Federal government gives Canadian Cattlemen six million dollars.
Time is running out to register for the Profitable Pasture Conference in Elmwood next Monday.
The Ontario Forage Council is hosting the meeting to help farmers focus on pasture management and look at the most economical and practical ways ot utilize pasture systems.
To register -- call 1-877-892-8663 as the deadline is tomorrow.
The cost is 35 dollars and includes a hot roast beef dinner.
The federal government is giving the Canadian Cattlemen's Association six million dollars for beef research.
Agriculture Minister Gerry Ritz says the money will help make sure new breakthroughs in beef research will make the industry more profitable.
The Beef Cluster will pull together the scientific expertise for research that will help Canada's beef and cattle industry address challenges the sector has faced in recent years.
Research will focus on key priorities the sector has identified: reducing production costs, increasing feed efficiency and decreasing the impact of animal health issues.
The Canadian canola industry is taking steps to regain full access to the U-S canola meal market.
Dave Hickling, of the Canola Council of Canada, says the industry is working together with the Canadian Food Inspection Agency to address concerns about salmonella.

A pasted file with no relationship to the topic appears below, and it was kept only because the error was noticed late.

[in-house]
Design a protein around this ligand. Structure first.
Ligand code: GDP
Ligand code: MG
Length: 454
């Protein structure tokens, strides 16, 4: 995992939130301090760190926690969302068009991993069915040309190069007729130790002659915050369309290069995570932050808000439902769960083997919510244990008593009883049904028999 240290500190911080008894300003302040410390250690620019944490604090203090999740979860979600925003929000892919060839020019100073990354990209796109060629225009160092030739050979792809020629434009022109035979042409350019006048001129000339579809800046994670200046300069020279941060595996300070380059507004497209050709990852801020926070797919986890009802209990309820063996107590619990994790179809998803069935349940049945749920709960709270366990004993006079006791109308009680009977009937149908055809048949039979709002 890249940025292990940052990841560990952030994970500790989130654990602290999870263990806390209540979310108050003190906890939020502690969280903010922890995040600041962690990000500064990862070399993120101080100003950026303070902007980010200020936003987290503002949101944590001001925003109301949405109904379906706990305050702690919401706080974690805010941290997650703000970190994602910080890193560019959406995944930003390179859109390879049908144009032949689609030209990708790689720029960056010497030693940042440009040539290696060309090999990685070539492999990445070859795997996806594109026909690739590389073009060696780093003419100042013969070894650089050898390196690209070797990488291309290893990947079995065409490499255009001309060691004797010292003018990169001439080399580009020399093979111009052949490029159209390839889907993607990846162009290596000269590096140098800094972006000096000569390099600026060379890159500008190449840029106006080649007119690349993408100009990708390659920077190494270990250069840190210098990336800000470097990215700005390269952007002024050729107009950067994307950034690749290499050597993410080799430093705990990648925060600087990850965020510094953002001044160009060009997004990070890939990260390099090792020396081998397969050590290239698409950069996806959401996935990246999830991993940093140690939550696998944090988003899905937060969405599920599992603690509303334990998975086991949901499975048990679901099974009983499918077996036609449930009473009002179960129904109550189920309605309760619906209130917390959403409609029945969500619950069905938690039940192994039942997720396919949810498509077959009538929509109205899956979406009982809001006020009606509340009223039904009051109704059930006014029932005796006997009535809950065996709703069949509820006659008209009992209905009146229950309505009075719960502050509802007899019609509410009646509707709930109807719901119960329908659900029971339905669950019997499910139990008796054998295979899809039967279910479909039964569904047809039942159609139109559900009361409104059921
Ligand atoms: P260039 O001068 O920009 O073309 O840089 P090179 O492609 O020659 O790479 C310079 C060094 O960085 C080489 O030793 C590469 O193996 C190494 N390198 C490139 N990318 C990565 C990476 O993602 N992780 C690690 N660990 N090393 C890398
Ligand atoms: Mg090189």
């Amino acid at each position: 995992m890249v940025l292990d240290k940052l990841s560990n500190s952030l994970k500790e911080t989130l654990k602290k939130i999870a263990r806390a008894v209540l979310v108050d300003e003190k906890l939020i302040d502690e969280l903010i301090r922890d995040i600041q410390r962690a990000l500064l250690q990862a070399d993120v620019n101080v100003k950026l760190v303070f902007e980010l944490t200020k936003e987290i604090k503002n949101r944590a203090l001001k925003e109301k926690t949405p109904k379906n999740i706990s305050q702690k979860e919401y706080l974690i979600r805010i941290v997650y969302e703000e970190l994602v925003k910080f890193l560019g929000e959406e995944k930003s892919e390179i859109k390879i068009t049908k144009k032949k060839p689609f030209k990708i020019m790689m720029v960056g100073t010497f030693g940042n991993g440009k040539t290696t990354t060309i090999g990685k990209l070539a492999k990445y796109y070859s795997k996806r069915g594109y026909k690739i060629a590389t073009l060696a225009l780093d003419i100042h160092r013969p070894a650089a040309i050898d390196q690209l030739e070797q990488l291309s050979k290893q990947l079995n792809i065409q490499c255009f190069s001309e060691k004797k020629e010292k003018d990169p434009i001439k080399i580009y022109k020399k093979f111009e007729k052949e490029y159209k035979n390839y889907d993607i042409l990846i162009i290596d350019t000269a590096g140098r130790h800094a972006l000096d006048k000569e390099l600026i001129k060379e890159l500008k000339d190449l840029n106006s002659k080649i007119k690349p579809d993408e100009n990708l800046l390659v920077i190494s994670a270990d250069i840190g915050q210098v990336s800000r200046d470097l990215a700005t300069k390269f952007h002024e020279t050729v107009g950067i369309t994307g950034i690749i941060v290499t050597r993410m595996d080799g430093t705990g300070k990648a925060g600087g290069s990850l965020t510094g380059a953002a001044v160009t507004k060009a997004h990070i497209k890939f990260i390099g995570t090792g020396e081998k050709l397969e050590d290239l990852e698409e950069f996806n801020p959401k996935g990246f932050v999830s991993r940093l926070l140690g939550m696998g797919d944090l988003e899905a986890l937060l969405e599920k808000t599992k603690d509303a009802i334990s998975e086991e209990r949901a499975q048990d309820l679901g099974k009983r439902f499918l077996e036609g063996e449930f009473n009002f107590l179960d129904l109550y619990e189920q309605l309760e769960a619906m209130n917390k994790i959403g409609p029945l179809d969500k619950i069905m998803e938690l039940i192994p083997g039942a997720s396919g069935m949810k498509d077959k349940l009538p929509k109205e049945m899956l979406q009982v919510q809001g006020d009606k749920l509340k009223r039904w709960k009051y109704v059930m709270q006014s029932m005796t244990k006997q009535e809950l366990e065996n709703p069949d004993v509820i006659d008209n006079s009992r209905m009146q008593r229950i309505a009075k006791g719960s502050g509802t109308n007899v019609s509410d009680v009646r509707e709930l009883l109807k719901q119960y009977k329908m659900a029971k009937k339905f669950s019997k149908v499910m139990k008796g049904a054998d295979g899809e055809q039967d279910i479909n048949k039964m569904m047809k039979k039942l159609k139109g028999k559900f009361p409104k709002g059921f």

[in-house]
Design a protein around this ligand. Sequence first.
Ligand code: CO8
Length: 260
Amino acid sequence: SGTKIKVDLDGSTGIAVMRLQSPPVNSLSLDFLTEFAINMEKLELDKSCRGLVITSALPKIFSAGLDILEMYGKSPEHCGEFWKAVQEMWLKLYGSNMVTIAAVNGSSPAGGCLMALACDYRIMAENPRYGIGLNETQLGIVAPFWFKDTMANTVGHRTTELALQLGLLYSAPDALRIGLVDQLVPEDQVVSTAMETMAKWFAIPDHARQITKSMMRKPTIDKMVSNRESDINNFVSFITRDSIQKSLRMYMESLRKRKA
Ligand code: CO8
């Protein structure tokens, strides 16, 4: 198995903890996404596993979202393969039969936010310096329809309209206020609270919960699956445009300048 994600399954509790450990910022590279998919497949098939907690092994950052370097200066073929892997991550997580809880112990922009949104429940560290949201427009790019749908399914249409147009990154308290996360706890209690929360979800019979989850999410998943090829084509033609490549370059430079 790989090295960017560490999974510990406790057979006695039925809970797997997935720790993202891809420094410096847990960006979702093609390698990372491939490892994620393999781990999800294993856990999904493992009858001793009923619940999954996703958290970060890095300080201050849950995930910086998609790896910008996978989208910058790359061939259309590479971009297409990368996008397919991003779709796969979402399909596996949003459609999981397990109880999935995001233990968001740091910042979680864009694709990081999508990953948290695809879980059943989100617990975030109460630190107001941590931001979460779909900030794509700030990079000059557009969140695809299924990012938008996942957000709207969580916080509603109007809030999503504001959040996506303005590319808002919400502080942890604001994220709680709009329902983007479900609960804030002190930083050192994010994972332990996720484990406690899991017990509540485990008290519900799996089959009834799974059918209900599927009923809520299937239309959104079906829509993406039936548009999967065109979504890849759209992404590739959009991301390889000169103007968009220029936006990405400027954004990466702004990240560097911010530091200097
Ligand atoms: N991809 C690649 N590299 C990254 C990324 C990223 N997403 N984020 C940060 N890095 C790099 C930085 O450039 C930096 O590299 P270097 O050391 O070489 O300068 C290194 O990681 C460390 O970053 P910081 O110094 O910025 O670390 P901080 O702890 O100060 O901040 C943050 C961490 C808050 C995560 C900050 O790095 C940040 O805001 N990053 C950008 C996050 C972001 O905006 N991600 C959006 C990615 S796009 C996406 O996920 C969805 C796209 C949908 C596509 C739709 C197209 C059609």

Last fall, the U-S Food and Drug Administration put several Canadian canola crushing plants on its import alert list, effectively closing the border to canola meal from these plants.
Despite the meal having no contact with the human food supply, the F-D-A has said it has no plan of changing its zero tolerance policy.
More farmers are switching to two-way radio systems due to poor cellphone coverage in parts of southern Manitoba.
Rory Broder of Alcom Electronic Communications says poor cell service is the main complaint from producers.
He notes there are many situations where cell service is simply unavailable while working on the field or out in pastures.
Poor communication leads to poor employee co-ordination and can lead to compromised workplace safety.
He notes two-way radio technology has become much more affordable and easier to use over the last decade.